Dr. Enrico Donato is a Doctoral Researcher at the Brain-Inspired Robotics (BRAIR) Laboratory of The BioRobotics Istitute, Scuola Superiore Sant’Anna.
With an insatiable appetite for scientific exploration, he delves deep into the fascinating realm of soft robotics. His mind dances with algorithms, composing intricate control models that breathe life into these mechanical marvels.
His boundless curiosity and expertise have garnered him a place in prestigious European projects. As an instrumental player in the symphony of progress, he lends his brilliance to the harmonious crescendos of Proboscis and Growbot.
These endeavors unite minds and resources, aiming to unravel the mysteries of nature and mimic its wondrous designs. Please scroll down to know more about Dr. Donato’s ideas and research 🙂
What inspired you to pursue research in the intersection of neuroscience and robotics? How do these fields complement each other in your work?
While I do harbour a fascination for neuroscience, my main focus lies in bio-inspired robotics, particularly in the realms of control systems, design, and sensing.
Tactile sensing, or the ability of a robot to interact with its environment through touch, holds a special place in my research.
Would you please explain how brain-inspired robotics differs from traditional approaches to robotics?
What attracts me to bio-inspired robotics is nature’s infinite trove of problem-solving strategies, from navigating challenges in movement to environmental interaction. By harnessing these strategies, we can enhance the capabilities of robotic systems significantly.
Bio-inspired robotics, unlike its traditional counterparts, doesn’t conform to rigid models and algorithms. Instead, it adapts to the rich tapestry of solutions nature offers, infusing a sense of adaptability and fluidity uncommon in traditional robotics.
Can you discuss any recent breakthroughs or advancements in soft robotics that have caught your attention? Also, I’m curious to know about your recent research: plant-inspired controller for robotic arms.
My recent work in bio-inspired robotics involves developing a plant-inspired controller for robotic arms.
The decentralized control seen in plants, despite the lack of a central nervous system, offers intriguing insights for novel control strategies.
In addition, I’m delving into the study of elephant trunks, focusing on how they coordinate their musculature to maneuver their trunks efficiently. The learnings from this research will inform the design and control of soft robotic prototypes that can perform under significant deformation and force.
What are some of the challenges or limitations you have encountered in developing brain-inspired robotic systems?
Challenges in bio-inspired robotics are plentiful. Translating nature’s complex systems into efficient robotic designs and emulating biological tactile sensing in robots are a few of the obstacles we face.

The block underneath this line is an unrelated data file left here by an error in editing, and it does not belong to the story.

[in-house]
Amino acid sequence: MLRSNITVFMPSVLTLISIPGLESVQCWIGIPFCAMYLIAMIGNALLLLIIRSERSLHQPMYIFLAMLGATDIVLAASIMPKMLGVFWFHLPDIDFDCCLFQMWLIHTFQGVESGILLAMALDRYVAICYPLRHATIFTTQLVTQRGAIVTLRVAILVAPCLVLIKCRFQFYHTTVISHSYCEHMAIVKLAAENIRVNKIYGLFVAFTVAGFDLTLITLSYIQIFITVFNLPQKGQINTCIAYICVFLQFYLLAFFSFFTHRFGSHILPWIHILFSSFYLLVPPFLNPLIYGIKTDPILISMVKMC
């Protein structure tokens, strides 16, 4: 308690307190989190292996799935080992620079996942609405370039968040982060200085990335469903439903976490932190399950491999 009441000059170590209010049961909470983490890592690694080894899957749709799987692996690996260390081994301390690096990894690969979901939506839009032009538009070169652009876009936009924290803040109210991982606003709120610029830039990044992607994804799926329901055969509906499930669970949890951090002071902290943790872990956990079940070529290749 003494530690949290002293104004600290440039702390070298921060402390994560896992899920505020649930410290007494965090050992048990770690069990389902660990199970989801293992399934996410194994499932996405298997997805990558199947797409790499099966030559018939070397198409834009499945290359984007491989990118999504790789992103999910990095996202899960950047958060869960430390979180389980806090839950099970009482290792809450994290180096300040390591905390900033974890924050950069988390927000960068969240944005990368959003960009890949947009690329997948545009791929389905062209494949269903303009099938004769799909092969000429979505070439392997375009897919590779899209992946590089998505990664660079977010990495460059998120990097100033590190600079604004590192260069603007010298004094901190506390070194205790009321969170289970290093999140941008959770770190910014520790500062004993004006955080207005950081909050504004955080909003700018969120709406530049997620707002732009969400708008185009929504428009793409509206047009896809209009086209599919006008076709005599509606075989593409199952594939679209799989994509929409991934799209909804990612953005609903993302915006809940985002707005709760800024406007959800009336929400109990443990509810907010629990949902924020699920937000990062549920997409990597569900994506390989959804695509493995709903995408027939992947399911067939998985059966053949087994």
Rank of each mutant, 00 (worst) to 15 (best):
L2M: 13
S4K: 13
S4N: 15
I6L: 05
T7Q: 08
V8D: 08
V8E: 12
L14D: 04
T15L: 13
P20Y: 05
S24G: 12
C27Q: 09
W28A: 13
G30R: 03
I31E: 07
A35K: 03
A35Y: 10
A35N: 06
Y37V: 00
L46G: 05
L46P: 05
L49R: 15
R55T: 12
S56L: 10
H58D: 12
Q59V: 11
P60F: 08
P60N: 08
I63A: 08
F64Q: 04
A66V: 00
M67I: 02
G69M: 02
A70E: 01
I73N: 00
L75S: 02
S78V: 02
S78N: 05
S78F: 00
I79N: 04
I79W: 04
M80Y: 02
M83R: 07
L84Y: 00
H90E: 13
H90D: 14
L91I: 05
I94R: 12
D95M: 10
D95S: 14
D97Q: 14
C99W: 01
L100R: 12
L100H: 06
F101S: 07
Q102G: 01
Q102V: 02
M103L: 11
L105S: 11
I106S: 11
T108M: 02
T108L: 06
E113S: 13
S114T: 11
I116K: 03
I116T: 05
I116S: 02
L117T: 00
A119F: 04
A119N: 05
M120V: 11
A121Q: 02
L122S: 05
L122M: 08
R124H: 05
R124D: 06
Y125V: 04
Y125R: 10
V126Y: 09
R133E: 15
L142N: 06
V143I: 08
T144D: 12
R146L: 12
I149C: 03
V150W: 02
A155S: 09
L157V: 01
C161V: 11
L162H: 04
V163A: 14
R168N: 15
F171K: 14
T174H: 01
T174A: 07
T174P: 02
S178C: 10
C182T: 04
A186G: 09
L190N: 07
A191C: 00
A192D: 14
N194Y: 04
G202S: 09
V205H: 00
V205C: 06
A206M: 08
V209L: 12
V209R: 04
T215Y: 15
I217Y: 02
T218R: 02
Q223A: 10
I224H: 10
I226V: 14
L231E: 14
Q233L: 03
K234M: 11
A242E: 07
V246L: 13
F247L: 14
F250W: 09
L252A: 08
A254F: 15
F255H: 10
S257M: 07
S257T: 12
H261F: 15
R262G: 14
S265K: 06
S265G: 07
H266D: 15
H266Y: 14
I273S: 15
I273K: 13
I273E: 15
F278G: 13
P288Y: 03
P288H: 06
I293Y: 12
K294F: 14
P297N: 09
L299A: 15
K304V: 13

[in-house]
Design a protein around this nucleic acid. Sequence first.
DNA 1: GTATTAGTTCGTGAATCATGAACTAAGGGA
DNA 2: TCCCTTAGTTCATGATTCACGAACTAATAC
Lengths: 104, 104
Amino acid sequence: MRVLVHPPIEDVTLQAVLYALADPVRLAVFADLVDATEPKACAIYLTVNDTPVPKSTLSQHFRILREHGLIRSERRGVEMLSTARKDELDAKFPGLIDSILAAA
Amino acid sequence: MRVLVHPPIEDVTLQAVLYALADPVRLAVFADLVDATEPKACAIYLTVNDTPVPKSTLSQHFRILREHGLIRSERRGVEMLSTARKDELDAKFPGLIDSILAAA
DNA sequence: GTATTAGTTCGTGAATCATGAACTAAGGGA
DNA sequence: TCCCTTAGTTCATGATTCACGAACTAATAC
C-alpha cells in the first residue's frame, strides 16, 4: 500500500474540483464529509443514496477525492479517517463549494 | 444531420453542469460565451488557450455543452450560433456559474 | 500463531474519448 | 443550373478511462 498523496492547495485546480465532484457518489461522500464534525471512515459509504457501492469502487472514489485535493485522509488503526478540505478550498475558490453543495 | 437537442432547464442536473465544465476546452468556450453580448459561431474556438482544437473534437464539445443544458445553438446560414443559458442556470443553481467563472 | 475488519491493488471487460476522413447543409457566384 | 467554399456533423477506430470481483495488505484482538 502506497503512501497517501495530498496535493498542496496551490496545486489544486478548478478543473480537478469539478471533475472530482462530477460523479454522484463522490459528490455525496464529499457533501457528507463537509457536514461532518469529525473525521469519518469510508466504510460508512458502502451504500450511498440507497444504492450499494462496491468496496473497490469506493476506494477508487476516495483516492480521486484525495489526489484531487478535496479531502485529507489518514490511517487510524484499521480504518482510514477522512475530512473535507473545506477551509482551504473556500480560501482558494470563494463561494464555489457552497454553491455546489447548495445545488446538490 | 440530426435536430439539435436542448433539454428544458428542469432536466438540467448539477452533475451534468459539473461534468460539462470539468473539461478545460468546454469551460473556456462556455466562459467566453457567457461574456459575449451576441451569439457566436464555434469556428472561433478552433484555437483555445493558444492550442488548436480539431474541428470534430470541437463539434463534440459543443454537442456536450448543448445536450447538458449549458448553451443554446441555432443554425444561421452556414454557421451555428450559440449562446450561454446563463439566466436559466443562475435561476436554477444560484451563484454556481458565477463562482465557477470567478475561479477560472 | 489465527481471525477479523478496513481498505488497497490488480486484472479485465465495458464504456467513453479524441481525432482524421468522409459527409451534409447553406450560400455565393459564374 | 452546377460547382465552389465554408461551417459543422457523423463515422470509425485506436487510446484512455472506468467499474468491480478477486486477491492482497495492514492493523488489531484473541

Building perception systems and controllers that can accurately interpret and utilize tactile information remains a significant challenge.
How do you envision the future of soft robotics and AI? Are there any specific areas or applications that you believe will see significant progress or have a profound impact in the coming years?
Looking forward, I envision major advancements in how bio-inspired robots interact with their environments. This will revolutionize sectors from healthcare to exploration, providing robust solutions in unpredictable situations.
I aim to contribute particularly to the explainability of AI, to provide a clearer understanding of AI outputs and shift focus from models to the actual data.
Are there any emerging materials or fabrication techniques that you find particularly promising for advancing the field of soft robotics?
Advancements in materials and fabrication techniques, especially in soft and responsive materials and 3D and 4D printing technologies, are poised to transform robotics.
What are your other interests besides Bionics… reading, painting, gardening, skiing maybe?
Outside of Bionics, I find joy in cooking, catching the latest TV series, relaxing by the seaside, travelling, and making new acquaintances. These diverse pursuits inject a dose of excitement and variety into my life!
Someone comes up to you and says, “I wanna be just like you. I want to be a BioRobotics Researcher”, what advice would you give?
For those aspiring to dive into BioRobotics, remember to maintain an open mind, be relentless in your pursuit of knowledge, and embrace the interdisciplinary nature of this field. Indeed, even if your theoretical background is lacking, the experience with robots and algorithms will provide invaluable learning opportunities.
My favourite movie quote:
“In the face of overwhelming odds, I’m left with only one option, I’m gonna have to science the hell out of this.” – The Martian.
Superhero power of choice:
The gift of universal language comprehension.
The favorite scientific innovation of the 21st century:
The rise of quantum computing.
My 2033 TED Talk:
“Embracing the Unpredictable: Bio-Inspired Robots in Real-World Scenarios”.
Book recommendations for 2023:
“The Innovators” by Walter Isaacson, and “Braiding Sweetgrass” by Robin Wall Kimmerer.
(Wow! Thank you, Dr. Donato, it has been a real pleasure! Your work is truly an inspiration. We look forward to visit you again and see more of your innovative research. Till then, we wish you all the very best for your future endeavor.)